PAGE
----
Fatema Al Ansari, Alkadi Alhayal,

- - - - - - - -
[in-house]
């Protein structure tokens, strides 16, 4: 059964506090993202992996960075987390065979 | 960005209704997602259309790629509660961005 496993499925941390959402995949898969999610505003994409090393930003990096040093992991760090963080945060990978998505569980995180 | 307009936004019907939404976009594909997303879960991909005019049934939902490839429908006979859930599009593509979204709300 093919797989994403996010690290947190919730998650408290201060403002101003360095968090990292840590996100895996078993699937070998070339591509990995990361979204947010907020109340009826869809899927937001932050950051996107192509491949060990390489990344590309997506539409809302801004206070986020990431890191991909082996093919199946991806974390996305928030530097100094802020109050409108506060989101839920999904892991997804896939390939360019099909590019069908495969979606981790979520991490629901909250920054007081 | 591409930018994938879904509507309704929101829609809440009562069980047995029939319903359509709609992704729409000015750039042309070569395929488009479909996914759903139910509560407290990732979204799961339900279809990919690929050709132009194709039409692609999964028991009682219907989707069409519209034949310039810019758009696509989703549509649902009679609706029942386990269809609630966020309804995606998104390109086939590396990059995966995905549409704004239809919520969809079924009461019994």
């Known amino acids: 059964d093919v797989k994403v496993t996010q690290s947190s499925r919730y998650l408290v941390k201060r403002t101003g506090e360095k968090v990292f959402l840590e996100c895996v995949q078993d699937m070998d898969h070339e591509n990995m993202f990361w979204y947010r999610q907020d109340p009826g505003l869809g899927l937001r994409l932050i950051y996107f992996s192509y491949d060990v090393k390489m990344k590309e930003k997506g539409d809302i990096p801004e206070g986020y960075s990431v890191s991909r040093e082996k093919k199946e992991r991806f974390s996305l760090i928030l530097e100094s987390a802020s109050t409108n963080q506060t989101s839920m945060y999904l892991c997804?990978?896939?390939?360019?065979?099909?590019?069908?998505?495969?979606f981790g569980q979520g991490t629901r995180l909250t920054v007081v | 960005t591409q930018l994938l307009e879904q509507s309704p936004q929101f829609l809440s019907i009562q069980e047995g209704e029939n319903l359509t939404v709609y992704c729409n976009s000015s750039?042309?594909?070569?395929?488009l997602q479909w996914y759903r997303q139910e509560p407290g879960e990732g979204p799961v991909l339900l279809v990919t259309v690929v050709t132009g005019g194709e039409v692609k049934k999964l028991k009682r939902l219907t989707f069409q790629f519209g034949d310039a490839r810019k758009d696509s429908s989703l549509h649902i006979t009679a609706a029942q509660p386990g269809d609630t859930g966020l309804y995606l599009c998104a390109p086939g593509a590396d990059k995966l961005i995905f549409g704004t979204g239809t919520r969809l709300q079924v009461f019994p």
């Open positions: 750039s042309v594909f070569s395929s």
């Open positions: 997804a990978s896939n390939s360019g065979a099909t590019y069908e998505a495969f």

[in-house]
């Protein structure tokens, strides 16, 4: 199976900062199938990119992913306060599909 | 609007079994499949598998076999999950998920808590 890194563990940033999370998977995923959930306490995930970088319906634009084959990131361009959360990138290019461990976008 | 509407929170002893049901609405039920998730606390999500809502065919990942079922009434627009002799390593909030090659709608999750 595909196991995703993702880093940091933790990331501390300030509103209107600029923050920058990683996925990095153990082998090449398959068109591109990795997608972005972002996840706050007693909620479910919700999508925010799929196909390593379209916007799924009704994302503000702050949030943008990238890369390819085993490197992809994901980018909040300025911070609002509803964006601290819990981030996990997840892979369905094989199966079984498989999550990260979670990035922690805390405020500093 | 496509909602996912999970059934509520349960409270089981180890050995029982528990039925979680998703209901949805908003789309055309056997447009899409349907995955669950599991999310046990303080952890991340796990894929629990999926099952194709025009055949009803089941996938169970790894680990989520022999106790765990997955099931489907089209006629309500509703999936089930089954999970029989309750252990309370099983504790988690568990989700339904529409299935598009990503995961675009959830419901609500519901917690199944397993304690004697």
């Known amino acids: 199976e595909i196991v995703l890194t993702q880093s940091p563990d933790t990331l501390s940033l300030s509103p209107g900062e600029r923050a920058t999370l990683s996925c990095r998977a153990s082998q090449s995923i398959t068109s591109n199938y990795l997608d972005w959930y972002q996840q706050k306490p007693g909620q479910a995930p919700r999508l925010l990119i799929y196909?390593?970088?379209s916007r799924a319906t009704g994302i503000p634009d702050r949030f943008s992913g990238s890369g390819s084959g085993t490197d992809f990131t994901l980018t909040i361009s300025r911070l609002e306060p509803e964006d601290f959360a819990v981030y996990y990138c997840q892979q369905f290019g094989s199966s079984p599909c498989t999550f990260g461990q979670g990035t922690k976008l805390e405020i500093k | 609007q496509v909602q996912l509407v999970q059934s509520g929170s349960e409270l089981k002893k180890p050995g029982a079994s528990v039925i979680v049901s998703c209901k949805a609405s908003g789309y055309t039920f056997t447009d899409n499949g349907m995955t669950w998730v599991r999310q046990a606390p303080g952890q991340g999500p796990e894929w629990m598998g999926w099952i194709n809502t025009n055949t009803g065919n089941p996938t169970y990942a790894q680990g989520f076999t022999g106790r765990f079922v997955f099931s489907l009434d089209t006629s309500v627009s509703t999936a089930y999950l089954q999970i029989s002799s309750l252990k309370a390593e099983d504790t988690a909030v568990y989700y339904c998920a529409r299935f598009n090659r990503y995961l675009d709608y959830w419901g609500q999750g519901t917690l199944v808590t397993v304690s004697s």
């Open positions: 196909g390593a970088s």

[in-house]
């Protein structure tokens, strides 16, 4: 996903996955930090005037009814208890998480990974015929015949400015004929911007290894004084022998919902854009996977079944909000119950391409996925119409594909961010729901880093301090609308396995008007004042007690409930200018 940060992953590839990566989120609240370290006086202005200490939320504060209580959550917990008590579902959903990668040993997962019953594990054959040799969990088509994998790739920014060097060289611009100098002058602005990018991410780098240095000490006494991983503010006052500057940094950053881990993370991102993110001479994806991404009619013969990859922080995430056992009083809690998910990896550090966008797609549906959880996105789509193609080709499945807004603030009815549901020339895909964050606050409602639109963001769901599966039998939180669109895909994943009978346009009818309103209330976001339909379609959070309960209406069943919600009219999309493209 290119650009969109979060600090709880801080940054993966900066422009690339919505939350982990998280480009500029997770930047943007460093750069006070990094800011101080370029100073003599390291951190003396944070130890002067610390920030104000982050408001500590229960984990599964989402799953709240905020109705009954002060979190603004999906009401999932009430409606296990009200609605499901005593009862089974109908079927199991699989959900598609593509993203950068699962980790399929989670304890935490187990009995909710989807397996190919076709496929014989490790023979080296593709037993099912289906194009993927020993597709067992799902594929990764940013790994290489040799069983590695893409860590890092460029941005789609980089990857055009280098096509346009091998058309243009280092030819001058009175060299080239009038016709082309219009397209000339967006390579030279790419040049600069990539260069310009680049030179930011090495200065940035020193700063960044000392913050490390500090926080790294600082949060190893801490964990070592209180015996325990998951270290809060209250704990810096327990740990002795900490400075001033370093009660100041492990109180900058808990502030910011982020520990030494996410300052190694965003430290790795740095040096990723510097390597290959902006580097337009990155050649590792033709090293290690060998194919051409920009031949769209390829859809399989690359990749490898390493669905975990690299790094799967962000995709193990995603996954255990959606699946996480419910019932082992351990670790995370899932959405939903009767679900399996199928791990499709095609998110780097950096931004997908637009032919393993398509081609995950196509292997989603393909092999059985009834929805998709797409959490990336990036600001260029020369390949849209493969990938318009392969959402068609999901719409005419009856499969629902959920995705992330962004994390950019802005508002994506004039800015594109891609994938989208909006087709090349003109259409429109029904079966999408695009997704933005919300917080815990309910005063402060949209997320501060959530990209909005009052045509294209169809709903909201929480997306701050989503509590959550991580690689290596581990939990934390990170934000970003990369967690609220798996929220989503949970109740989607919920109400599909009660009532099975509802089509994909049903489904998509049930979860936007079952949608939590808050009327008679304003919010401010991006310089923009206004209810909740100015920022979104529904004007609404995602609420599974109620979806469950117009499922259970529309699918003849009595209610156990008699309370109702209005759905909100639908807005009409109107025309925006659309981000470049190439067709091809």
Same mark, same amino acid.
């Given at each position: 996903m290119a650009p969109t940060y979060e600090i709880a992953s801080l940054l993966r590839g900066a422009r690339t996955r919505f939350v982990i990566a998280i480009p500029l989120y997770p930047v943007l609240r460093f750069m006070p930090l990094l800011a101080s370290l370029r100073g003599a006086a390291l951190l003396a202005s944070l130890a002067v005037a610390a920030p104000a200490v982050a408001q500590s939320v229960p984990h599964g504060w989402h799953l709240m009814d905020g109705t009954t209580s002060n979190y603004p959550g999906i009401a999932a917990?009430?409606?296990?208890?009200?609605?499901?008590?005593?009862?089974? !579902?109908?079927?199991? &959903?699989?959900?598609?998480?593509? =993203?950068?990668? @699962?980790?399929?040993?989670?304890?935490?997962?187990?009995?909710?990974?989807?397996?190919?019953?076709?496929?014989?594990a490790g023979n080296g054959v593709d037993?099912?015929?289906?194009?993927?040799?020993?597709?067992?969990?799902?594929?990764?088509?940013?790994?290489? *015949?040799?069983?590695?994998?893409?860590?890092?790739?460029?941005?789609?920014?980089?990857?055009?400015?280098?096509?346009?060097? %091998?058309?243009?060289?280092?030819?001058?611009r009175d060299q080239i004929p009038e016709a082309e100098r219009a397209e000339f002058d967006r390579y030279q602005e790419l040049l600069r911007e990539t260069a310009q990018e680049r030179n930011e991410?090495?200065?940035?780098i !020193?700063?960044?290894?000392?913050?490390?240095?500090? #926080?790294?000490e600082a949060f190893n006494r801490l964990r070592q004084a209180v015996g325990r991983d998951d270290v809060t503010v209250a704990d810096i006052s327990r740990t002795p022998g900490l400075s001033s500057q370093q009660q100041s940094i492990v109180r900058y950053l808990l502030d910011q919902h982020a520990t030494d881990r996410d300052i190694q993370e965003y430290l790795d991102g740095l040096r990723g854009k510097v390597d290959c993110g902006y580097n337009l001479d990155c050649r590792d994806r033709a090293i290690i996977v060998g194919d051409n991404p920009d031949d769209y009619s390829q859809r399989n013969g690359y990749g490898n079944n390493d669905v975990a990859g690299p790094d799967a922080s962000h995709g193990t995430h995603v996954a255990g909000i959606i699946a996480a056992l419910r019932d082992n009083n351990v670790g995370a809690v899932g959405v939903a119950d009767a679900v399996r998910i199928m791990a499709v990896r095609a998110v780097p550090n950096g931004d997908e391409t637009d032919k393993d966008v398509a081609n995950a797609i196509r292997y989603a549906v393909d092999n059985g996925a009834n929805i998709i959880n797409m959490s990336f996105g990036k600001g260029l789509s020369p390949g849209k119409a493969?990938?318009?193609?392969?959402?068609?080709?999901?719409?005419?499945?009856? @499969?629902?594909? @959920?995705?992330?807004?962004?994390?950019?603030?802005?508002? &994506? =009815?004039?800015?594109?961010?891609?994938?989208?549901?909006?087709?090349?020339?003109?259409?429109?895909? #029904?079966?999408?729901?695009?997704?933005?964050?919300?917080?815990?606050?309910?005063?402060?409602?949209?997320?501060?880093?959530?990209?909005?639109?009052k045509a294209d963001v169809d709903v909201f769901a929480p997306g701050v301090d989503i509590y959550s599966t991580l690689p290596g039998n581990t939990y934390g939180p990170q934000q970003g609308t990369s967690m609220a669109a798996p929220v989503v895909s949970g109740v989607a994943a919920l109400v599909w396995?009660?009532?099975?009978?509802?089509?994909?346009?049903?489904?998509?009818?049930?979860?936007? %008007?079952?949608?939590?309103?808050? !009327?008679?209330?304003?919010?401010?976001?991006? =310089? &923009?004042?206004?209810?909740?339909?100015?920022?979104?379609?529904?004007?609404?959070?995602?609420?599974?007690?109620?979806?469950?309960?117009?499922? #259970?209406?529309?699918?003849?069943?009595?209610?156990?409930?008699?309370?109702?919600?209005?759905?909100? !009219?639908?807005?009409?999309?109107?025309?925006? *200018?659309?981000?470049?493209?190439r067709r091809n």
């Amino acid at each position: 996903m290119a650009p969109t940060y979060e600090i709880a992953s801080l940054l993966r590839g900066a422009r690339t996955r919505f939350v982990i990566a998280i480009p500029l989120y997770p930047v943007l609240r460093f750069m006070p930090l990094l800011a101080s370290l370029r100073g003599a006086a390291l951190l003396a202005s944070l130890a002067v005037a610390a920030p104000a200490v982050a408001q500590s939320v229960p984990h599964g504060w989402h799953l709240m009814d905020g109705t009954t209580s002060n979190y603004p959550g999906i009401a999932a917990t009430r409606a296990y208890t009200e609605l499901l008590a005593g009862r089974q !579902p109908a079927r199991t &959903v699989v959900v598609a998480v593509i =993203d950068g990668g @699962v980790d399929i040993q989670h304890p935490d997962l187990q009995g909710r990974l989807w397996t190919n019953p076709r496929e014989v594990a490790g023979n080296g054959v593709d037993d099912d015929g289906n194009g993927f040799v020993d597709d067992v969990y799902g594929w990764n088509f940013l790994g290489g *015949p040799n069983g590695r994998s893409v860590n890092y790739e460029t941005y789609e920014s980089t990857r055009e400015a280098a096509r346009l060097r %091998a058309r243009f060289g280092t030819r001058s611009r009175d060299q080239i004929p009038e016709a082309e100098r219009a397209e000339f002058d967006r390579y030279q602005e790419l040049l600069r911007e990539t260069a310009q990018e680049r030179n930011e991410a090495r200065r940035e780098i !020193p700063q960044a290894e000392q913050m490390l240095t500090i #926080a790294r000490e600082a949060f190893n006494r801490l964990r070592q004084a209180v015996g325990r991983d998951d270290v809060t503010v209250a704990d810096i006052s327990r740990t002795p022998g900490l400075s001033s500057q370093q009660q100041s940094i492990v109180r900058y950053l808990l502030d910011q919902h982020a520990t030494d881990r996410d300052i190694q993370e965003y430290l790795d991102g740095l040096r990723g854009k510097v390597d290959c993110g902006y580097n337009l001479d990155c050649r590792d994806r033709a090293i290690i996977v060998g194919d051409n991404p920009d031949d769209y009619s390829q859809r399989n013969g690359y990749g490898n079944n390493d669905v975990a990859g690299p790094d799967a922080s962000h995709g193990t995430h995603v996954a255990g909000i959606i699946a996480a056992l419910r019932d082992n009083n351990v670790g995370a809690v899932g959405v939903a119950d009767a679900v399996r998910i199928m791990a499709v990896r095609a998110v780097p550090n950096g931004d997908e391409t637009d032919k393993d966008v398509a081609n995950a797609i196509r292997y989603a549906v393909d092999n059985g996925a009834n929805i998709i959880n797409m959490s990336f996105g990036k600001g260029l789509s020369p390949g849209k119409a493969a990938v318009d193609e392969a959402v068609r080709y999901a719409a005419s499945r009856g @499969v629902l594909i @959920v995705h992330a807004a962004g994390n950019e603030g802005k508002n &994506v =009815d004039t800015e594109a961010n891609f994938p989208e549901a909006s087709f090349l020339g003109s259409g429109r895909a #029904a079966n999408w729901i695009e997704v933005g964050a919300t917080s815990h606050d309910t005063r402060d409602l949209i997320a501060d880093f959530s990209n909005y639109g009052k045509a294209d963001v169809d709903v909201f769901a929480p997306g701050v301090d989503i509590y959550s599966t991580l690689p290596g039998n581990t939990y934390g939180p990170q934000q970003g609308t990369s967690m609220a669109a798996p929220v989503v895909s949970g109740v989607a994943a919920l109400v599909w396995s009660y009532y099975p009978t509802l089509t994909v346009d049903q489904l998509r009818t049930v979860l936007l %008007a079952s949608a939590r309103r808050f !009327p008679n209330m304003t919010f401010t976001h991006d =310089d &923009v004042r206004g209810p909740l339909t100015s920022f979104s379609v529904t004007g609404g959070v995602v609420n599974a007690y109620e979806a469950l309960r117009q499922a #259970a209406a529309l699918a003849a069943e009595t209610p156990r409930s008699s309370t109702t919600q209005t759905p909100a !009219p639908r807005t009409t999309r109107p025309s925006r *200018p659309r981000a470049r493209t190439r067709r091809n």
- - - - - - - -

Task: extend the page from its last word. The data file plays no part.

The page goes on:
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WASHINGTON: The United State's transplant network is taking a long-awaited step to ease a serious disparity: Where you live affects whether you get a timely liver transplant or die waiting.On Monday, the United Network for Organ Sharing is proposing a change, redrawing the map that governs how donated livers are distributed so patients wouldn't need to leave home for better odds.More than 14,600 people are on the waiting list for a new liver.The U.S.' 11 transplant regions are subdivided into local areas with individual waiting lists, and there are wide variations in organ availability both within and between regions.UNOS has debated how to change liver distribution for several years, a process Hirose called contentious as some transplant centers with shorter waits didn't want to lose them. The proposal will be open for comment from the public -- check https://optn.transplant.hrsa.gov/ -- through mid-October before any changes are finalized.Sick patients shouldn't have to leave home to improve their odds of a transplant, said liver recipient Myles Kane. The transplant chief at a leading liver center welcomed the proposed change.
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